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Posted on behalf of D'Amico & Pettinicchi, LLC on Jul 25, 2014 in Truck Accidents

Distracted driving that leads to motor vehicle accidents and severe injuries is unacceptable no matter the identity of the driver or the circumstances of the accident. That said, professional drivers hauling massive loads of cargo should be held to particularly high standards for avoiding the use of electronic devices and other distractions on the road.

That is the clear message behind the recent call from the National Transportation Safety Board (NTSB) for a nationwide ban on the use of mobile phones by truckers, except in emergencies. The recommendation for a coast-to-coast ban was one of 15 new safety proposals recently issued by the NTSB to the National Highway Traffic Safety Administration (NHTSA), the Federal Highway Administration (FHWA), the Federal Motor Carrier Safety Administration (FMCSA) and various state agencies across the country that regulate highway safety.

"Distracted driving is becoming increasingly prevalent, exacerbating the danger we encounter daily on our roadways," said Deborah Hersman, the head of the NTSB, in a press release. "It can be especially lethal when the distracted driver is at the wheel of a vehicle that weighs 40 tons and travels at highway speeds."

Regulating Driver Behavior to Reduce Catastrophic Truck Accidents

The NTSB focused on one recent terrible fatal trucking accident as evidence of the risks other motorists face when truckers take their minds off the road ahead. Last year, a semi driving in the pre-dawn hours in Kentucky left the southbound lanes of Interstate 65, crossed through the safety barrier in the median, and struck a northbound passenger van. The truck driver and 10 of 12 occupants of the van - all extended family members - were killed, making it the worst crash in the state in over 20 years.

The subsequent investigation of the accident by the NTSB revealed that the truck driver's cell phone records showed 69 calls and text messages in the 24 hours preceding the call. One last call made at 5:14 a.m. coincided with the time the truck went off the highway. The investigation concluded that the probable cause of the fatal truck accident was "the truck driver's failure to maintain control of the truck-tractor combination vehicle because he was distracted by use of his cellular telephone."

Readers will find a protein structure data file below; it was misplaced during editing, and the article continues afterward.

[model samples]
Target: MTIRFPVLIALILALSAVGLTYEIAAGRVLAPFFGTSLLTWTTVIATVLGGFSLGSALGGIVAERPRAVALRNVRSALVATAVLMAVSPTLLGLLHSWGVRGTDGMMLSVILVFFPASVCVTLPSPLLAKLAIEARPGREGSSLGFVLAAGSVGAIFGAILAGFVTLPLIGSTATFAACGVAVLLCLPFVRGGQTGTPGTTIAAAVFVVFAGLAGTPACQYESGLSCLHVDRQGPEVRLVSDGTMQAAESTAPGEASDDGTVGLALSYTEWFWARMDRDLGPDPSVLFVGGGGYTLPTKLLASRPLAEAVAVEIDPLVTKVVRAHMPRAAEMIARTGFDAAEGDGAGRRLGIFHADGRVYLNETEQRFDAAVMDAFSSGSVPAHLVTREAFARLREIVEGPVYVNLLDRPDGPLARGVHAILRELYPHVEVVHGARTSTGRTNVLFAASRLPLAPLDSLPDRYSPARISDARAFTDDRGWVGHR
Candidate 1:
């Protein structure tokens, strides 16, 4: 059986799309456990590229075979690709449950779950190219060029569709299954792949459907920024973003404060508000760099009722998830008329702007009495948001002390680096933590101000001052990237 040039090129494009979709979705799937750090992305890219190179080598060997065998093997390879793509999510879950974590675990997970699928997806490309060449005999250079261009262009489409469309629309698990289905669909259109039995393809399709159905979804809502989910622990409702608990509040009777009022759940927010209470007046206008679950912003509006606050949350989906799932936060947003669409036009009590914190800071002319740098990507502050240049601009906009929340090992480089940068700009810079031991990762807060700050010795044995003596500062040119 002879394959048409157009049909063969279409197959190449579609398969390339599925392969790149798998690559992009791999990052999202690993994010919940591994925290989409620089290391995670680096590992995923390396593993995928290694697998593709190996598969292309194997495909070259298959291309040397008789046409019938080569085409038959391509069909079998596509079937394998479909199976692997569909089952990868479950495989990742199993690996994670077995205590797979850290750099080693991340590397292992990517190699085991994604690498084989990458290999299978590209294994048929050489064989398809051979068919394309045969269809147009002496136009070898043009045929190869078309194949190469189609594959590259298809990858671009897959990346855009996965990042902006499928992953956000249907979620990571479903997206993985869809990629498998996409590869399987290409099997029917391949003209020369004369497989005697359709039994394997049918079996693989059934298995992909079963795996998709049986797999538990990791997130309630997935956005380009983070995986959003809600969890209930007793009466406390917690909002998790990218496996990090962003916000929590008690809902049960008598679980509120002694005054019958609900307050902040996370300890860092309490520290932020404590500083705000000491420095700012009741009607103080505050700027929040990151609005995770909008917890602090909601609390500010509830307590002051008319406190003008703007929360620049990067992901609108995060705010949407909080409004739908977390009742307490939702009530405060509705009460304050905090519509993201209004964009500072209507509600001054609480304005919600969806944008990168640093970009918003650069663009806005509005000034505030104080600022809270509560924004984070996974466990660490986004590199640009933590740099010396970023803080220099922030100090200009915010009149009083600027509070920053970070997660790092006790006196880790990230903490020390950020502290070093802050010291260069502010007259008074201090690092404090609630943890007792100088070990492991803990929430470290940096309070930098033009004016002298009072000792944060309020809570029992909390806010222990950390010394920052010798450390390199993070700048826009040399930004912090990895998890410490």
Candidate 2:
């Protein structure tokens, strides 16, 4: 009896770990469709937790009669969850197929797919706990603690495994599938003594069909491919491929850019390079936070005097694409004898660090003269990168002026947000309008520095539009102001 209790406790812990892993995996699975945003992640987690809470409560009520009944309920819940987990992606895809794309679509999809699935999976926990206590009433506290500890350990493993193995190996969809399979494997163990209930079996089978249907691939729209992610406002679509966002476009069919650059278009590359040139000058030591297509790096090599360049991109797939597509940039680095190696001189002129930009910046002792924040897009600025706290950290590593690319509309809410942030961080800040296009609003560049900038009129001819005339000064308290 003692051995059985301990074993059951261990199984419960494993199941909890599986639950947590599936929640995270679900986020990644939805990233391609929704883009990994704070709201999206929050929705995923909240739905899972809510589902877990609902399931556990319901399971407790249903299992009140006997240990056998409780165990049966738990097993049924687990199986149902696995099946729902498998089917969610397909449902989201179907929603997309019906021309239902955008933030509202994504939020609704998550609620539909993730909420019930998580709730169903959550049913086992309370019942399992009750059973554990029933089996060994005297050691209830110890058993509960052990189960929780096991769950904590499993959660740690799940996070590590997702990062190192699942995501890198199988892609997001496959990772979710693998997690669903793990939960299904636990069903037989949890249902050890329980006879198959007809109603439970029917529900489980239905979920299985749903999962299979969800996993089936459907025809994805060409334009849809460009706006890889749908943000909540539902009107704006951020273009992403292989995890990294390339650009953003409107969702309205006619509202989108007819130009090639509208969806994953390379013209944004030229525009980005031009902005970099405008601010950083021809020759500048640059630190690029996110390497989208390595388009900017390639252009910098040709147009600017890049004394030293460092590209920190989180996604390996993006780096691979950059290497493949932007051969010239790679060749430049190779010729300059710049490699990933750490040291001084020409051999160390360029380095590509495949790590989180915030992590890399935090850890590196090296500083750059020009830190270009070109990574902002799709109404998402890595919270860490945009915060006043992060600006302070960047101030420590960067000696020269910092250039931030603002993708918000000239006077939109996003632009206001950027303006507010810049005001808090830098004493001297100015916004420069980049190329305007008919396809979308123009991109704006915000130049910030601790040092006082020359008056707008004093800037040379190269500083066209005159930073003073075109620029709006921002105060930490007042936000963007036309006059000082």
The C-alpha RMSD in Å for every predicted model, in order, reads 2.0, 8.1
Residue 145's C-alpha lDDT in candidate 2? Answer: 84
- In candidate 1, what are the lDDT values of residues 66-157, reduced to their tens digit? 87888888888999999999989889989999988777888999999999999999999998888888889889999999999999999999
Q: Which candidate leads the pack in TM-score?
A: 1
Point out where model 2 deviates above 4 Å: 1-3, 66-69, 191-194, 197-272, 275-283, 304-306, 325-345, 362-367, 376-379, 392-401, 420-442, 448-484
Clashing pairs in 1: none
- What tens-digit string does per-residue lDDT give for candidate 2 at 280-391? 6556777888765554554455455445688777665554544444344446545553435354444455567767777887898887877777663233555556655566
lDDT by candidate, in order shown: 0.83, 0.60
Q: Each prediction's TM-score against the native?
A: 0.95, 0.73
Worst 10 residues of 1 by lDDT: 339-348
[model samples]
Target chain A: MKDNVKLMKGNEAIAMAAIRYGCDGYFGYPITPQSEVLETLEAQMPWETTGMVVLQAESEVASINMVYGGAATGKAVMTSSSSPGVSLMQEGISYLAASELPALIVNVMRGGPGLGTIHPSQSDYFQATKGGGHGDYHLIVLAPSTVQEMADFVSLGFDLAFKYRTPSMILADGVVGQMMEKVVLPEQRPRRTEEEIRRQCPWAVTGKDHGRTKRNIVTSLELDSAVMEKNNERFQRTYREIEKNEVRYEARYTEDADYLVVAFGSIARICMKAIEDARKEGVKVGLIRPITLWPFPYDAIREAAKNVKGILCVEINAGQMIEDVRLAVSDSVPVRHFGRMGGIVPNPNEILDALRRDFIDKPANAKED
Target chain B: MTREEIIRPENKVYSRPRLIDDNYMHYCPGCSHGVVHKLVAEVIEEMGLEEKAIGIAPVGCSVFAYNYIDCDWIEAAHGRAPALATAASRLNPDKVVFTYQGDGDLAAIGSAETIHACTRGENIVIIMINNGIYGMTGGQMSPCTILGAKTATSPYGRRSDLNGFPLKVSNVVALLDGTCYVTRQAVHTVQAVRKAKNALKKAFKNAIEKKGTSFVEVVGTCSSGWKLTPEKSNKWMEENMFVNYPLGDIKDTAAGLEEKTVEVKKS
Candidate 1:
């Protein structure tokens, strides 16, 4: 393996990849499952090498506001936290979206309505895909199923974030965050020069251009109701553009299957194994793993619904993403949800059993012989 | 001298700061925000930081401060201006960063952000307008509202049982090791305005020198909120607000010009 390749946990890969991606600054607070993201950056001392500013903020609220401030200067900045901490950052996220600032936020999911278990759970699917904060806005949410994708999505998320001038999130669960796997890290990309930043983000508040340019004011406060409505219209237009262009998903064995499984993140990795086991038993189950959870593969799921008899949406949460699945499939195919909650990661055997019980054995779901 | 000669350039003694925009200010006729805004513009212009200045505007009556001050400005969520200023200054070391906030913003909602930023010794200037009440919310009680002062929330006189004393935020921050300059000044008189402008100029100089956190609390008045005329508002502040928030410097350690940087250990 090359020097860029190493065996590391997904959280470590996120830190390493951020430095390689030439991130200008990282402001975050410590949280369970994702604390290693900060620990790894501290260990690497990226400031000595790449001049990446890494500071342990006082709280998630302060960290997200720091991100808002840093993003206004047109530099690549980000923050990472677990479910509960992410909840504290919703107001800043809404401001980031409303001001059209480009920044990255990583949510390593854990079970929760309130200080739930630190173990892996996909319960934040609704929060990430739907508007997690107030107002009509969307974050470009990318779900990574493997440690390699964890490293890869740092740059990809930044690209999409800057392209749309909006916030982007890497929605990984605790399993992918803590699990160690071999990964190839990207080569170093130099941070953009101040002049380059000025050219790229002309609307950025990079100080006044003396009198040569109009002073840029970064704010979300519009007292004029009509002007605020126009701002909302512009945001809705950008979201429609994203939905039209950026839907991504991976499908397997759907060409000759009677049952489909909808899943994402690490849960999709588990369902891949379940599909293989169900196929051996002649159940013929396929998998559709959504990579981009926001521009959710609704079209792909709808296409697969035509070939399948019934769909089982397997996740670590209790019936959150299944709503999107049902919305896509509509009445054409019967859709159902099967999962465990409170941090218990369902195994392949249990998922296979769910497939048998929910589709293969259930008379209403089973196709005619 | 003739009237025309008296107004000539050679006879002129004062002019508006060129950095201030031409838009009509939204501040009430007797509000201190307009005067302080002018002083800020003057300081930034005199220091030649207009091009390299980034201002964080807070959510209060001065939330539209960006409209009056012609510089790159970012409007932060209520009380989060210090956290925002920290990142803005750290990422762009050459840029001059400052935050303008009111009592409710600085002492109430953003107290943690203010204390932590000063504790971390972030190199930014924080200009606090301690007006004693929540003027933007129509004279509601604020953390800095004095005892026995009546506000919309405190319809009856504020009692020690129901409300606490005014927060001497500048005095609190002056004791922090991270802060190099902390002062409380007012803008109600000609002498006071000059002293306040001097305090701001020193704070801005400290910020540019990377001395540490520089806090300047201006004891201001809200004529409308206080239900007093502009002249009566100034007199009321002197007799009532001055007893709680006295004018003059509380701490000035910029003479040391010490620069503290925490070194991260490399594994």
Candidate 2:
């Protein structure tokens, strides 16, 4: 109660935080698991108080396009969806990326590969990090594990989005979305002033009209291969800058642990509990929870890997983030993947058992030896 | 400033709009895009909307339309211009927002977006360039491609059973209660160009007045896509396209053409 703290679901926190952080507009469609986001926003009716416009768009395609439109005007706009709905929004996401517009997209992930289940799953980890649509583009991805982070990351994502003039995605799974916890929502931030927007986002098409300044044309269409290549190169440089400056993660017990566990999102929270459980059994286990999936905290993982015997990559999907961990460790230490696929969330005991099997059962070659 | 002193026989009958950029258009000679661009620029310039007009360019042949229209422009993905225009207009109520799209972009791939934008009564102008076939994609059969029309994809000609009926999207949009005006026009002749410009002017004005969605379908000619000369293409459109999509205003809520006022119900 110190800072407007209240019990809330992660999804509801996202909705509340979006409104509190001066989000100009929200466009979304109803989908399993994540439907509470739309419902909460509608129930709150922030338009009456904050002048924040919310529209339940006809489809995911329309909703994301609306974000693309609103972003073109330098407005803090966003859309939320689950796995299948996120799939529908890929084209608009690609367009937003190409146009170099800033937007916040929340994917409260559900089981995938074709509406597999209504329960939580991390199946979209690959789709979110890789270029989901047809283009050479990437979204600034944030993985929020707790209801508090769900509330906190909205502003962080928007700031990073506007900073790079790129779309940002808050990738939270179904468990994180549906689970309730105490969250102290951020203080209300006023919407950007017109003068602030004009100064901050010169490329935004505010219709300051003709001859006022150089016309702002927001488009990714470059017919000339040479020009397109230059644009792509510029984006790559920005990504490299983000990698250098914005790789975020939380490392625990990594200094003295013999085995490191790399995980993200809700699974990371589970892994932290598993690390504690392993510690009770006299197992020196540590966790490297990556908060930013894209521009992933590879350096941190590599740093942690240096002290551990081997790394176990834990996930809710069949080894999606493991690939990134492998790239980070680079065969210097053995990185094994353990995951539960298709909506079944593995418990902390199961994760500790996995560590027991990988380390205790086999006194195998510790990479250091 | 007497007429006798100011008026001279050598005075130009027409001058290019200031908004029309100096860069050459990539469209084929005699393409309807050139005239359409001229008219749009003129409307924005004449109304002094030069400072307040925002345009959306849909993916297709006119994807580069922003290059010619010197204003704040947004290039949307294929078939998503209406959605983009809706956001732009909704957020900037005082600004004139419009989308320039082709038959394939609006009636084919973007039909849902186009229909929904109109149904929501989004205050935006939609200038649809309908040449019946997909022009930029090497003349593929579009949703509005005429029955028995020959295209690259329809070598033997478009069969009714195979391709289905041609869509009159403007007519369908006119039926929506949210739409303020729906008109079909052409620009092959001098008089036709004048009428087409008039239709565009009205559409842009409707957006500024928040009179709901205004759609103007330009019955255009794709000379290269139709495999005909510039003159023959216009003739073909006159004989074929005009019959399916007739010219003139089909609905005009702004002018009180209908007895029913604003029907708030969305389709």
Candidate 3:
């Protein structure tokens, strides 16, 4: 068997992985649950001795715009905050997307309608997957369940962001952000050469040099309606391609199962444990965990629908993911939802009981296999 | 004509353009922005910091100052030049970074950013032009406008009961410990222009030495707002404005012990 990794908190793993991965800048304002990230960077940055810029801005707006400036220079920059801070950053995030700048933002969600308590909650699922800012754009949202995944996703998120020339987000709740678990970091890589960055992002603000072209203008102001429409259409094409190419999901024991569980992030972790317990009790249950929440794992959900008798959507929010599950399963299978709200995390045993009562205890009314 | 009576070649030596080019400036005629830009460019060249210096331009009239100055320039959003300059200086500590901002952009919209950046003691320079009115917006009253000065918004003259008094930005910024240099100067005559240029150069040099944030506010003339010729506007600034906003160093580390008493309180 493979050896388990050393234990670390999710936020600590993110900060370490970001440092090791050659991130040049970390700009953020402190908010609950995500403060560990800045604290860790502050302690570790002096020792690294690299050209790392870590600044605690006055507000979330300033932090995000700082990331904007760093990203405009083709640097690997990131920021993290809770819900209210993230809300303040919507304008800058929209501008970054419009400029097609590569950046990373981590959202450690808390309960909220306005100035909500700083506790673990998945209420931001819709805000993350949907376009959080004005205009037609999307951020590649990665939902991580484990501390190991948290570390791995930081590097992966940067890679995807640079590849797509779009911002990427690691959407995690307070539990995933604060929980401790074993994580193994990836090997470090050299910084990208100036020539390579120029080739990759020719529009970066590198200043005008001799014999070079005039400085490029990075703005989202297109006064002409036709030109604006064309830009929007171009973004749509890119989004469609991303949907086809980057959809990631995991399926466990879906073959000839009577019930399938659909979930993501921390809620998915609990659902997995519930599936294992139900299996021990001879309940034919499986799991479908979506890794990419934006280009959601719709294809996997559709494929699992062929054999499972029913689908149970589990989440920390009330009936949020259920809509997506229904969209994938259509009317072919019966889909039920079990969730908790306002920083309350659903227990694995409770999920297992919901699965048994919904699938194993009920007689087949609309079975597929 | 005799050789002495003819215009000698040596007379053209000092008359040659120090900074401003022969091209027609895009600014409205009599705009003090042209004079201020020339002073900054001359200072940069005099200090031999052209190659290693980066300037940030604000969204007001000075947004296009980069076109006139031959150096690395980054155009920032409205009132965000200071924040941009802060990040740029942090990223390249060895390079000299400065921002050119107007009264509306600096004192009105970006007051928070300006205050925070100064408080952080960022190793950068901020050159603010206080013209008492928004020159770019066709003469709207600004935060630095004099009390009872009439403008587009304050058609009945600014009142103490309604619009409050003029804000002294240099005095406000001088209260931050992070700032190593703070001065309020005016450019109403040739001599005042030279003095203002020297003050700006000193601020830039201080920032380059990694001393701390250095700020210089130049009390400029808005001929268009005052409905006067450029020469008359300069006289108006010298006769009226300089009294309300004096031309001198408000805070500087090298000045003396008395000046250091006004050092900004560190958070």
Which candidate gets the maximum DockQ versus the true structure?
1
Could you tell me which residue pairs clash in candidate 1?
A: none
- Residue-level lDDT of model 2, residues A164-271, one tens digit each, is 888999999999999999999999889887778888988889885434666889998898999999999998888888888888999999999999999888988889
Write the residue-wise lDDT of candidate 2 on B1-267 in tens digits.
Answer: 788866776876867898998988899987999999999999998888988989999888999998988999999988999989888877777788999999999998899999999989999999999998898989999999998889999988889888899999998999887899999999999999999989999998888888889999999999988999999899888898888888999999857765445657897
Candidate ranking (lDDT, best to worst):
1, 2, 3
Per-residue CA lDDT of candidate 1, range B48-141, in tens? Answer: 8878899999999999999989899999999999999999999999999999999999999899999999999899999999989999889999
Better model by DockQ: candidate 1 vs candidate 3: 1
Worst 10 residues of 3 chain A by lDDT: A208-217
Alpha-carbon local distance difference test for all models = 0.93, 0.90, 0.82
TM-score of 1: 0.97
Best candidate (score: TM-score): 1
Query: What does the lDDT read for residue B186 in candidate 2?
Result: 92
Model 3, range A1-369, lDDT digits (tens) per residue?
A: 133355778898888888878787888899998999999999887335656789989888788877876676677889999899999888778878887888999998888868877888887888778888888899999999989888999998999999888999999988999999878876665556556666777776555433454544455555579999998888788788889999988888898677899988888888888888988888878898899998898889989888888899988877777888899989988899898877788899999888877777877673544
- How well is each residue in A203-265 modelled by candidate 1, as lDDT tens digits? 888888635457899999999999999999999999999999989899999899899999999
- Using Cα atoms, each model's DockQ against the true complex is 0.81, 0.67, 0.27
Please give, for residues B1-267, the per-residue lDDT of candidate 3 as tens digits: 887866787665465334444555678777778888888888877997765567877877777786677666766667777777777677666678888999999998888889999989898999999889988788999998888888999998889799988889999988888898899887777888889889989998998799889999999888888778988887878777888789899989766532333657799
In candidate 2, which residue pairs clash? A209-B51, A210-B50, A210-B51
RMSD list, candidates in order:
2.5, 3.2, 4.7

Studies clearly indicate that changes in a driver's ability to maintain control of a vehicle result when cognitive abilities are diverted to cell phone use, whether handheld or hands-free. Based on its investigation, the NTSB has called on the FMCSA and all 50 states to "Prohibit the use of both handheld and hands-free cellular telephones by all commercial driver's license holders while driving in commercial operations, except in emergencies."

One Accident, Many Deadly Factors

The role of the trucker's distracted driving was the foremost problem cited by NTSB investigators. But as in any serious trucking accident, other factors led to the following recommendations:

  • NHTSA should work with the Governors Highway Safety Association to standardize definitions and data collection regarding cross-median crashes.
  • The state of Kentucky should revise its seat belt law to apply to all vehicles that carry 15 or fewer passengers (notably, the two children who survived the accident were seated in appropriate child restraints).
  • The FHA should work with relevant federal and state agencies to improve median barriers, with particular attention to the cable barrier system that failed in this instance.

In addition to the finding of distracted driving, the investigation found that the trucker was fatigued at the time of the accident. But the report ruled out other common causes of truck accidents, including road surface and weather conditions, accident avoidance due to other drivers or obstructions, a medical event and mechanical failure.

Connecticut State Law and Distracted Driving

Under Connecticut's traffic safety laws, handheld cell phone use by all drivers is prohibited, and the ban includes texting. However, a separate ban on hands-free devices is extended only to bus drivers and novice drivers (either under 18 or possessing only a learner's permit).

Connecticut recently increased fines and other penalties for using a cell phone or texting while driving, including a major change for truck drivers and other commercial motor vehicle operators. The potential consequences for texting while driving a commercial vehicle, aside from emergency situations, now include loss of a commercial driver's license.

While these measures undoubtedly make our highways safer, enhanced laws and increased enforcement can never completely eliminate the problem of driver inattention. When motorists and passengers suffer serious injuries due to violations of trucking company rules or other truck driver negligence, a Connecticut truck accident attorney can help injury victims and surviving family members assess their legal options.